Coca-Cola CEO James Quincey conducted a virtual town hall for employees on June 3. He began his remarks by naming George Floyd, Ahmaud Arbery, Breonna Taylor, Philando Castile, Sandra Bland, Freddie Gray, Michael Brown, Eric Garner, Tamir Rice, and Trayvon Martin – just a few Black Americans who were killed and should be alive today. Acknowledging that The Coca-Cola Company has not made enough progress in their duty to Black people in America, he pledges to bring change. Through listening, leading, advocating, and investing, the company pledged $2.5 million in grants for the Equal Justice Initiative, NAACP Legal Defense Fund, and the National Center for Civil and Human Rights.
They are donating $100,000 to organizations that combat racial injustice, starting with Black Lives Matter.
The rideshare company announced two initiatives within the last few weeks. One, they would offer discounted rides to owners and employees of Black-owned small businesses. Two, through Uber Eats, they announced that Black-owned businesses would have free delivery through the end of the year.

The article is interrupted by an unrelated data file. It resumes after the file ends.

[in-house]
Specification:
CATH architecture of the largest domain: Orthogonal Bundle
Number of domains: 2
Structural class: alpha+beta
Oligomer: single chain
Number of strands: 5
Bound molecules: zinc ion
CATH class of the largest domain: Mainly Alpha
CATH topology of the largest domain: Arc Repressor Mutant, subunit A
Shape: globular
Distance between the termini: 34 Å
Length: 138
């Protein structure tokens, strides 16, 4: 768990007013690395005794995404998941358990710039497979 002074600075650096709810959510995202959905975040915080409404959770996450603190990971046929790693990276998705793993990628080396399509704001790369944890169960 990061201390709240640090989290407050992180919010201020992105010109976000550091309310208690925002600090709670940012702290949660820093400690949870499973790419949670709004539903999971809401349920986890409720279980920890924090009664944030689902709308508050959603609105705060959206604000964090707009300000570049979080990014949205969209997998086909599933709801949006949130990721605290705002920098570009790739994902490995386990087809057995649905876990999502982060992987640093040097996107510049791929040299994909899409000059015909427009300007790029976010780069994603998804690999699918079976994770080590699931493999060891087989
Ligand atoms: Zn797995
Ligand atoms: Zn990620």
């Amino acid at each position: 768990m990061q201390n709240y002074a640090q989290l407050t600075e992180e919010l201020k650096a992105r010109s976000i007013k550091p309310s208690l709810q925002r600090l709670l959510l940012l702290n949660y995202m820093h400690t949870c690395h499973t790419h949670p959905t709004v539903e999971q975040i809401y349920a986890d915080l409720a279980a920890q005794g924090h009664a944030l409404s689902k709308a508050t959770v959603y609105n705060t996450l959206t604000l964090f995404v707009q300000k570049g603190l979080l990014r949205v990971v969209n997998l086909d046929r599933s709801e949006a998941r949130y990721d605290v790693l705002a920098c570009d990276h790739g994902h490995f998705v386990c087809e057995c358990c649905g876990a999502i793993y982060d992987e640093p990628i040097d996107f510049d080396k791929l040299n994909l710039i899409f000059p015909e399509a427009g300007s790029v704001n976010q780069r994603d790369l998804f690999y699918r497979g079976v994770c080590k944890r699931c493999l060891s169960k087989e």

Many other companies have expressed their support over the last few weeks including Home Depot, Levis, H&M, EA Games, Ubisoft, Etsy, and Peloton. While these new donations and initiatives will help many of these organizations, it is necessary to know when companies mean that they support and value Black people. Several companies have made pledges in their support for Black and POC communities, but you will not find a single person of color on their boards. Hypocrisy? I think so. How can they speak about their desire to understand and support the Black community when they have no active representation of us?
In the coming days, we’ll examine the diversity behind many of these companies who have pledged their support and see where they lie on the spectrum.
Until then, keep on buying Black! The Official Juneteenth 30-Day Buy Black Challenge is still going on. Check out our Instagram for which industry we’re supporting today and remember to use the Official Black Wall Street app to find local Black-owned businesses. The mission continues…